In reality, software development is far from a game for one and no more players. Software doesn't happen in a vacuum. For a start, there is other software, and therefore other software developers.
When I started my career as a programmer, this fact loomed large on people's radars. It was the early years of component-based development - an evolution of the kind of architectures that were popularised by UNIX, where our software glued together third party components that already did stuff we found useful in our own code.
Reusing other people's software creates dependencies on that code and therefore on the coders who coded it. Sometimes we were writing the component that got reused, sometimes we were reusing someone else's component.
Rules were well-established by the time I started doing this for a living on how everyone could get along and play nicely in this complex heterogeneous web of dependencies.
The first rule was that reusable components should work. We should be able to trust them, to depend on them, to do what it says on the tin. This concept was best formalised in Bertrand Meyer's discipline of "Trusted Components". It's a dangerous world indeed when all our software depends on things that are not dependable.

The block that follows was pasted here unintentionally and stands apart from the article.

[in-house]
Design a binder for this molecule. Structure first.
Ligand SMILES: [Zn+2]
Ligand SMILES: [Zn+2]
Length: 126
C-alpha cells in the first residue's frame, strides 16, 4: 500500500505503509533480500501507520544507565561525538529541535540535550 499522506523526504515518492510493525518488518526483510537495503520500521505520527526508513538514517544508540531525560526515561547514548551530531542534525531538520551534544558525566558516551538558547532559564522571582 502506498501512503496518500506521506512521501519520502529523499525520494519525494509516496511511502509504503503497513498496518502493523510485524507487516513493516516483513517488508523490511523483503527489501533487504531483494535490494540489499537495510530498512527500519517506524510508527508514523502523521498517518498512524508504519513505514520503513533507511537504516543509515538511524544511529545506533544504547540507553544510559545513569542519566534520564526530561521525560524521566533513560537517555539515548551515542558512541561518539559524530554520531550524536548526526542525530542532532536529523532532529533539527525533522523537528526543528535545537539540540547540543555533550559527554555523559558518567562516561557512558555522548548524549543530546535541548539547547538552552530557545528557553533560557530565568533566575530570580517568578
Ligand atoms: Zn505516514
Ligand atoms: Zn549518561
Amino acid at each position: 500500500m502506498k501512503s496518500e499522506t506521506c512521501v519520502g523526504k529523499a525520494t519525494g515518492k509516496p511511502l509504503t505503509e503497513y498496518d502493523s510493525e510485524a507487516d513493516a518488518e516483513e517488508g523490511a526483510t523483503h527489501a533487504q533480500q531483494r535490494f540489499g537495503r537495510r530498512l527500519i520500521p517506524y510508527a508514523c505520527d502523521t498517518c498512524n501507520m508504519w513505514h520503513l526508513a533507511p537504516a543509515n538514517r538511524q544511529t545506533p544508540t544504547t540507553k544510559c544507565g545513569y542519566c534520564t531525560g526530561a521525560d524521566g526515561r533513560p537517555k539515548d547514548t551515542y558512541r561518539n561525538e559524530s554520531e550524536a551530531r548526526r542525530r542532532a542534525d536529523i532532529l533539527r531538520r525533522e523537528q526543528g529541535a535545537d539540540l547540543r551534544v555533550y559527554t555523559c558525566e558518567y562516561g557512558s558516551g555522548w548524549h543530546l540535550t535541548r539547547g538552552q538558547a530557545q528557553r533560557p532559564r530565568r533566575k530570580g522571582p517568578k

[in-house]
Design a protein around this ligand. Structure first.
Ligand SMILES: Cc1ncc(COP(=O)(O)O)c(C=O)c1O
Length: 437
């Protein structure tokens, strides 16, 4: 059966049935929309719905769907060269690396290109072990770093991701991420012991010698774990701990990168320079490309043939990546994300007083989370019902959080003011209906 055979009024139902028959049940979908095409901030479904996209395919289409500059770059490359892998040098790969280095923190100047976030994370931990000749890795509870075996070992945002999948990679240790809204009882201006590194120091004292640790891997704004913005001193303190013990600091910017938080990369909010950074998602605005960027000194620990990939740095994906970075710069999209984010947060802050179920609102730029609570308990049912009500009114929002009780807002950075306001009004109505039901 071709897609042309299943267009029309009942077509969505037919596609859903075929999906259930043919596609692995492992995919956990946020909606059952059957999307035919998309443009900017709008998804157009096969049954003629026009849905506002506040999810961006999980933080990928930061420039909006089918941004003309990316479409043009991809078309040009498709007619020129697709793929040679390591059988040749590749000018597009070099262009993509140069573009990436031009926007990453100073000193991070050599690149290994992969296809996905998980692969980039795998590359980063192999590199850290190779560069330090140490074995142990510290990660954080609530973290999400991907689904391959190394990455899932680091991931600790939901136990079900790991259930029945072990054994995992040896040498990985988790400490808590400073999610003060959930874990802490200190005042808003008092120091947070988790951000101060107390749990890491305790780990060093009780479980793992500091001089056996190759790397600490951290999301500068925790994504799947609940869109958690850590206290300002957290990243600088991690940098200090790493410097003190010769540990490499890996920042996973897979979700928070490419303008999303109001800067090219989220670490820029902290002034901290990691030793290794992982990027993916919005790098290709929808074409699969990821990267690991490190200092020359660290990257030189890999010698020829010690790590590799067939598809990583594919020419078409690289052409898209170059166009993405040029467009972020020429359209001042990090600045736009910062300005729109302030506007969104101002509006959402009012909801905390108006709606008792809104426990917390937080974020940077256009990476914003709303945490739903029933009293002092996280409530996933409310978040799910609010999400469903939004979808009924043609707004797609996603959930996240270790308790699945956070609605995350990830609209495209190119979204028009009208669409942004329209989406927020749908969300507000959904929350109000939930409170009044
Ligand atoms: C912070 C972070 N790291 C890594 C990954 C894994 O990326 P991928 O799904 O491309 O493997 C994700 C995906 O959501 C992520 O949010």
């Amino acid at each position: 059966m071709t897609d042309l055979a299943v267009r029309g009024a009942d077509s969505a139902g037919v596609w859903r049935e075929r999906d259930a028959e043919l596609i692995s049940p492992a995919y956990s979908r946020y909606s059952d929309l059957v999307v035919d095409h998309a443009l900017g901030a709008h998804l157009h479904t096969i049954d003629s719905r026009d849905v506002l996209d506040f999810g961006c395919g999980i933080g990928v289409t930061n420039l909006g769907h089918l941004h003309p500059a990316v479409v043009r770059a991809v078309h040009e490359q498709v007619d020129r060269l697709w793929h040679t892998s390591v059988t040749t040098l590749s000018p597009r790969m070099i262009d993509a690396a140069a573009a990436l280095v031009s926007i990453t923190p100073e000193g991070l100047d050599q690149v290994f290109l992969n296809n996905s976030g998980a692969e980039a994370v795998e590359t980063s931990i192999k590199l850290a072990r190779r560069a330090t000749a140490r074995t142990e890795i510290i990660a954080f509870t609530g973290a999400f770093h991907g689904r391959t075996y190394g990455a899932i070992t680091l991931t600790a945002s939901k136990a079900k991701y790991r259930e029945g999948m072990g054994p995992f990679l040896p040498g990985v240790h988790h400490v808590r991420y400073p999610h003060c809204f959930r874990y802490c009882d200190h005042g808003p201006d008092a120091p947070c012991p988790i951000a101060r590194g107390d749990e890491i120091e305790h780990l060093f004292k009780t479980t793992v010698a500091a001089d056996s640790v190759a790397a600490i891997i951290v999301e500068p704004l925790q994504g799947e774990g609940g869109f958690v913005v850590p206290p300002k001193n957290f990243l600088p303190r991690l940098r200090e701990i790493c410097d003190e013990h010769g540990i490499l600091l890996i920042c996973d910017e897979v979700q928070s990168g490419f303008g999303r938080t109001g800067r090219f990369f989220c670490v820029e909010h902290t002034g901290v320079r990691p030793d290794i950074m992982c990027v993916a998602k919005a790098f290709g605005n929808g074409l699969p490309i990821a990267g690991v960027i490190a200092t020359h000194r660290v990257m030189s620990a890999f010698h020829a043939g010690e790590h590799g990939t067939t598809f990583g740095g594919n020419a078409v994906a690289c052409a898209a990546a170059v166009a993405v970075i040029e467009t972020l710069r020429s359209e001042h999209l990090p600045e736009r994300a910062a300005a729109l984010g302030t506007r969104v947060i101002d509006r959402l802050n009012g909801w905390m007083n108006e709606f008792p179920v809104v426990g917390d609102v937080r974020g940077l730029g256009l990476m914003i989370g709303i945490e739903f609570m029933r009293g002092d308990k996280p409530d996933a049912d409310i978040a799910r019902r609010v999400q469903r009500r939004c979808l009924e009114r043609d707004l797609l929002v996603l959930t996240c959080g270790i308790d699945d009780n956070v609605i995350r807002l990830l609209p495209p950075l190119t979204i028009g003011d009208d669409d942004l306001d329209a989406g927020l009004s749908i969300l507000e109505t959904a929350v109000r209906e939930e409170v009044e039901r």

Assuming the components we shipped were trustworthy and dependable enough, once we'd shipped them, lots of other programmers might start writing code that reused them. We learned long before I was born of the consequences of this. If, for any reason, we changed the contracts for using the services of one of our components - e.g., we added a new parameter, or tightened a pre-condition - then that potentially broke a lot of client code that other people had written against our API. It may have been a small change for us, but it could stack up to a huge change effort - with an associated huge cost - for everyone depending on us.